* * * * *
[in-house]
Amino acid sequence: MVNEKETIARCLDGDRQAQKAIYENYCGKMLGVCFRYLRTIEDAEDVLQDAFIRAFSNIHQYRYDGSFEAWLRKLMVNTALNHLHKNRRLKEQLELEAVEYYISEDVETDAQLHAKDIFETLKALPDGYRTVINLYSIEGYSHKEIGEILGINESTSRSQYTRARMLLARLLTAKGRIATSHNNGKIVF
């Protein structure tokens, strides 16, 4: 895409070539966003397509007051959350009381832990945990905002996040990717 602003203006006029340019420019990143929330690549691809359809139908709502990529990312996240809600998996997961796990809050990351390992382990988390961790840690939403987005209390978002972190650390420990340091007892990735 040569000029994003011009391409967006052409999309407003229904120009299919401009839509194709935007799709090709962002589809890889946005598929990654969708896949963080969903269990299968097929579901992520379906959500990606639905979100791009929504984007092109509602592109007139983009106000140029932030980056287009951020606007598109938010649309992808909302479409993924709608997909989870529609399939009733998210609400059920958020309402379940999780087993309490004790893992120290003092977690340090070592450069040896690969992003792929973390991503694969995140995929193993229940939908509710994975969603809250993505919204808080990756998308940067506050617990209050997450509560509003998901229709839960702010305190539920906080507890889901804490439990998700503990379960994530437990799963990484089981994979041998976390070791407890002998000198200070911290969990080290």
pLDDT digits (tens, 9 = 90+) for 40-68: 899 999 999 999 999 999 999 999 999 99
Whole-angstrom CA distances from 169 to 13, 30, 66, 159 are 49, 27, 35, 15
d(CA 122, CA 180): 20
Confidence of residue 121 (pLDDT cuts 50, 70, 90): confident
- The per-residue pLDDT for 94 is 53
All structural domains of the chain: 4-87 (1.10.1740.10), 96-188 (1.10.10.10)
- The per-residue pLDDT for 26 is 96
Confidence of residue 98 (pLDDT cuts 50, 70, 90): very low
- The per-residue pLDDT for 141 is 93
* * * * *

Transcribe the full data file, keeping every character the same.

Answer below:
[in-house]
Amino acid sequence: MVNEKETIARCLDGDRQAQKAIYENYCGKMLGVCFRYLRTIEDAEDVLQDAFIRAFSNIHQYRYDGSFEAWLRKLMVNTALNHLHKNRRLKEQLELEAVEYYISEDVETDAQLHAKDIFETLKALPDGYRTVINLYSIEGYSHKEIGEILGINESTSRSQYTRARMLLARLLTAKGRIATSHNNGKIVF
């Protein structure tokens, strides 16, 4: 895409070539966003397509007051959350009381832990945990905002996040990717 602003203006006029340019420019990143929330690549691809359809139908709502990529990312996240809600998996997961796990809050990351390992382990988390961790840690939403987005209390978002972190650390420990340091007892990735 040569000029994003011009391409967006052409999309407003229904120009299919401009839509194709935007799709090709962002589809890889946005598929990654969708896949963080969903269990299968097929579901992520379906959500990606639905979100791009929504984007092109509602592109007139983009106000140029932030980056287009951020606007598109938010649309992808909302479409993924709608997909989870529609399939009733998210609400059920958020309402379940999780087993309490004790893992120290003092977690340090070592450069040896690969992003792929973390991503694969995140995929193993229940939908509710994975969603809250993505919204808080990756998308940067506050617990209050997450509560509003998901229709839960702010305190539920906080507890889901804490439990998700503990379960994530437990799963990484089981994979041998976390070791407890002998000198200070911290969990080290």
pLDDT digits (tens, 9 = 90+) for 40-68: 899 999 999 999 999 999 999 999 999 99
Whole-angstrom CA distances from 169 to 13, 30, 66, 159 are 49, 27, 35, 15
d(CA 122, CA 180): 20
Confidence of residue 121 (pLDDT cuts 50, 70, 90): confident
- The per-residue pLDDT for 94 is 53
All structural domains of the chain: 4-87 (1.10.1740.10), 96-188 (1.10.10.10)
- The per-residue pLDDT for 26 is 96
Confidence of residue 98 (pLDDT cuts 50, 70, 90): very low
- The per-residue pLDDT for 141 is 93